To Be Determined

Late impressions jumble draft – as Pistons can attest

Perceptions of players can change as the draft date nears.
Chris Chambers/Streeter Lecka/NBAE/Getty Images
Two years ago at this point, Ekpe Udoh’s name was barely a blip on the radar. It was ludicrous to think Greg Monroe might fall to the Pistons only because Udoh would go ahead of him.

A year ago now, Bismack Biyombo was a man of mystery thought to have a shot at perhaps sneaking into the late lottery. Come draft night, Michael Jordan was so fearful Biyombo wouldn’t be there at No. 9 – one spot after the Pistons – that he swung a trade to get up to 7 so he could claim Biyombo for his Charlotte Bobcats, dropping Brandon Knight into old rival Joe Dumars’ lap.

I rehash those draft anecdotes as cautionary tales for those who read even the most credible mock drafts three weeks out and take them as gospel.

Those most credible mock drafts might well be an accurate reflection of the current mood, but consider them the equivalent of political polling three weeks before the election – when a large number of voters are only starting to consider the factors most important to informing their decisions.

NBA teams have been in information-gathering mode for months where the draft is concerned. They still are. Joe D and his staff, plus Lawrence Frank, headed to Chicago this morning and will be there three full days, starting the interview process tonight. They get 18 sessions over three days, in roughly 20-minute windows, and hope to hit as many of their preferred candidates as possible. (The NBA grants the interviews, generally taking into account draft projections relative to each team’s draft slot.)

But they’ll be bringing most of those players, if not all – plus a few dozen others – to Auburn Hills over the next three weeks, as well. As thick as their dossiers might be on all the familiar names – Jared Sullinger, Tyler Zeller, John Henson, Perry Jones III, et al – they are focused on collecting and analyzing as much data and as many impressions of these players as possible.

And then – and only then, in the last few days before the draft – do they solidify their draft board and game plan for every contingency.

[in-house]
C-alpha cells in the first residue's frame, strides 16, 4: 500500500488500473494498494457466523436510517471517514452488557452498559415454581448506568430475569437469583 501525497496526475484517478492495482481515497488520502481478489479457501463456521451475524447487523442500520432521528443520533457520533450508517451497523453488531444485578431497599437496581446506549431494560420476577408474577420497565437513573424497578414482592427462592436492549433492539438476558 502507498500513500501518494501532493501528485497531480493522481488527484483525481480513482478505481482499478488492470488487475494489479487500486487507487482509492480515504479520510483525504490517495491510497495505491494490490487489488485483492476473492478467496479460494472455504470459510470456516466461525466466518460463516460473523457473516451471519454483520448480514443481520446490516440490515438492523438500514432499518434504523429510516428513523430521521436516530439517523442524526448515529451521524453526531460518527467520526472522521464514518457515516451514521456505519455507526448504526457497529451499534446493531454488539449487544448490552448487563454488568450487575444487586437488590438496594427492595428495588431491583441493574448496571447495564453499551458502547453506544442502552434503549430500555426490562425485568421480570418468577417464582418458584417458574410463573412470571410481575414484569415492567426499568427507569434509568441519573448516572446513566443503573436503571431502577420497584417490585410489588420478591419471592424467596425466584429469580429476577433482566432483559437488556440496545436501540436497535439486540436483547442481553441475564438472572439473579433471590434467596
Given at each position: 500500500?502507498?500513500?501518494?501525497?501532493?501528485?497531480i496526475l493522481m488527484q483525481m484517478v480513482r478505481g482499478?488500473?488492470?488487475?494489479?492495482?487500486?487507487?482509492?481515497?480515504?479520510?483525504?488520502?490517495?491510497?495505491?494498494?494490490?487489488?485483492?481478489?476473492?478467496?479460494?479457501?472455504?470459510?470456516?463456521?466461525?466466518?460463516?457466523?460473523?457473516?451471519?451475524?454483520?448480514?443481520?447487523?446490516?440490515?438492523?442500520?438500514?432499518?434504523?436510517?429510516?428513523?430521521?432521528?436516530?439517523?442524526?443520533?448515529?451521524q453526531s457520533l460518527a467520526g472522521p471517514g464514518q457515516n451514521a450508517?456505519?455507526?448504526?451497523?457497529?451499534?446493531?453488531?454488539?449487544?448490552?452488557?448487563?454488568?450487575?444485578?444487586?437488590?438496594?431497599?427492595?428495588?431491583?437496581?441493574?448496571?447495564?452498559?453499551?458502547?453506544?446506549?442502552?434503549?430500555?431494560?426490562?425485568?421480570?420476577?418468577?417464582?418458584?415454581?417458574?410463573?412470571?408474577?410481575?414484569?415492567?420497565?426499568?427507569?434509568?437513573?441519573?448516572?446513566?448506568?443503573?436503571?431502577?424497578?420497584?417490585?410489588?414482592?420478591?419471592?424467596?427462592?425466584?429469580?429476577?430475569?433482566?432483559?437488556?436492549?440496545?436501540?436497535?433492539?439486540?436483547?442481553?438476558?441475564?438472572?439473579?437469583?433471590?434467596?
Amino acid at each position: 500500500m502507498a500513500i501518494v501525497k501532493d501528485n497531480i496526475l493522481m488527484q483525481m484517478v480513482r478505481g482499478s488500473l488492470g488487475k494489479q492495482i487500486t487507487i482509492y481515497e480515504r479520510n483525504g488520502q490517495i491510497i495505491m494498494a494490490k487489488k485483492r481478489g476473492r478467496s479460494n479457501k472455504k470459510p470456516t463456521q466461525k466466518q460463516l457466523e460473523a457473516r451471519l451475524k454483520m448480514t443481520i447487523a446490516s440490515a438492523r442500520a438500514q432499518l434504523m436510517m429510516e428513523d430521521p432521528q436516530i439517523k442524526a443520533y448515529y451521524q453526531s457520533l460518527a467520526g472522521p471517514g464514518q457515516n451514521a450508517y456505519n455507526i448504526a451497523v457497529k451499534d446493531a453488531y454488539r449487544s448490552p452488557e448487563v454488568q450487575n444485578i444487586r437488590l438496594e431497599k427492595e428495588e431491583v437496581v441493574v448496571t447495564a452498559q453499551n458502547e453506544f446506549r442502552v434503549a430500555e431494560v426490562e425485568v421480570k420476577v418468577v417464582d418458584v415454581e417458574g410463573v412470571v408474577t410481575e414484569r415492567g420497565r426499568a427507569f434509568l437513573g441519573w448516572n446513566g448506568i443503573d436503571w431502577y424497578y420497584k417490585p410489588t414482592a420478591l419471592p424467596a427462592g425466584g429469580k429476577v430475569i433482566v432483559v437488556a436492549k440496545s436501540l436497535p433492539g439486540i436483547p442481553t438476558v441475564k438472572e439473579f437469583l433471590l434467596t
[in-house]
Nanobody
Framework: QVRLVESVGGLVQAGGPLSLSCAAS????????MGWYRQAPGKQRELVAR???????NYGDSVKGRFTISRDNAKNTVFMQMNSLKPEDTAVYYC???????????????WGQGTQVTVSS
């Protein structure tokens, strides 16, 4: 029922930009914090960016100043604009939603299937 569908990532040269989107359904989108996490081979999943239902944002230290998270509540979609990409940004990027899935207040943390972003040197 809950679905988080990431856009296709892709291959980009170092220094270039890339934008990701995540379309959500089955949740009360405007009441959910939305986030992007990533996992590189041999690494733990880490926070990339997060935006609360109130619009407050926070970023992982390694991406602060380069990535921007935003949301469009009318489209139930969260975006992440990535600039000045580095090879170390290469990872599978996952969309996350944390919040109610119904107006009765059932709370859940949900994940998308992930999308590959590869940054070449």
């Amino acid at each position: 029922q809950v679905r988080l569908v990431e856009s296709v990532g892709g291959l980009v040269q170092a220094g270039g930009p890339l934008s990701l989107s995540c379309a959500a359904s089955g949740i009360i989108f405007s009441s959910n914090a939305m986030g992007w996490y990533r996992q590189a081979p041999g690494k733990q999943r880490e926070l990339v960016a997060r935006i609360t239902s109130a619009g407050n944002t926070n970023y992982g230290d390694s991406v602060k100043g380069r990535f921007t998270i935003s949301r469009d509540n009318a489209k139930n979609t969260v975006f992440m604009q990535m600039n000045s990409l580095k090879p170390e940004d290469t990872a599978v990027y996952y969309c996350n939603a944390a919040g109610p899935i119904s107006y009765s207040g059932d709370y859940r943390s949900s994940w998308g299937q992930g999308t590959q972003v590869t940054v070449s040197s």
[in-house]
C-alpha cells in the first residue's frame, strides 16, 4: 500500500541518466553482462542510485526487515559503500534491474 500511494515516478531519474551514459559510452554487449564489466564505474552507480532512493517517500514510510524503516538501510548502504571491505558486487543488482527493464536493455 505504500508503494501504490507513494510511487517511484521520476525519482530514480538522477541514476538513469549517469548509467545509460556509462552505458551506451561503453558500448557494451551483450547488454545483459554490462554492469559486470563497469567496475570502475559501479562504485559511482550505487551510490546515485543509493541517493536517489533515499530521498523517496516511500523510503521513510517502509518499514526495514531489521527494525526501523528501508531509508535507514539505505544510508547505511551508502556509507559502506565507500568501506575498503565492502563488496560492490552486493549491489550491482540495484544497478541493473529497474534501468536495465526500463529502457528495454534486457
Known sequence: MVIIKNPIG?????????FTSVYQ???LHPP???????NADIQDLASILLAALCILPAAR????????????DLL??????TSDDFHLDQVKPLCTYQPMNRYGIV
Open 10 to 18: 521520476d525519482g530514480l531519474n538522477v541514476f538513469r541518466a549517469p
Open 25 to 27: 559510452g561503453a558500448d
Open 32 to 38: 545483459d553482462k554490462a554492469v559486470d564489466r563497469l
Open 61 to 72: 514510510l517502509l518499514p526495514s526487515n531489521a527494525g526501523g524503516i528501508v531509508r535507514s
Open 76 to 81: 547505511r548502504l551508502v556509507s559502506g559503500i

That’s why for most conceivable and legitimate questions you might ask – like many I’ll entertain in this week’s edition of Pistons Mailbag, coming Thursday – the answer is basically, “it depends.” For instance: Would the Pistons be interested in trading up to No. 5 from No. 9 if Sacramento, as rumored, is more interested in adding veterans to a roster already loaded with lottery picks and other young players? Or: Would the Pistons trade down from No. 9 in a deal that sends Houston’s two picks at 14 and 16 back to them?

Until Joe D and his staff meet with these players – get to look them in the eye and get a real sense for their fiber – they won’t have a handle on how they’ll mesh with the current young core of the roster, Monroe and Knight and Rodney Stuckey and Jonas Jerebko foremost, or how they’ll respond to Frank’s everyday insistence on 100 percent focus and effort. In some cases, there will also be great value in seeing those players go through the individual workouts the Pistons tailor for them, ideally seeing whether Sullinger, for instance, can get his shot off inside when paired against a defender with great length, or whether Henson, whose lack of bulk is his biggest negative, can hold his position in the post.

If a player has some question marks about him – and for virtually every possible player who’ll be under consideration at 9, there are questions – they’ll want to see how they address the concerns. It gives them a window into projecting whether the issues can be overcome or not.

When that process concludes – and it won’t conclude until perhaps the day or two before the June 28 draft, when the Pistons often hold workouts – only then will they be able to draw the lines that separate their preferred candidates from those they feel less confident will have significant NBA impact.

How many players land on one side of that line and how many on the other are the things that determine whether the Pistons will feel perfectly comfortable staying at No.9, or look to move up a few spots, or be happy to slide down a handful of spots if the right opportunity arises.

Is there an Udoh out there that will send a more coveted prospect tumbling to the Pistons? Is there a Biyombo who leaps ahead of their spot this season? Three weeks until the polls close and we find out for sure.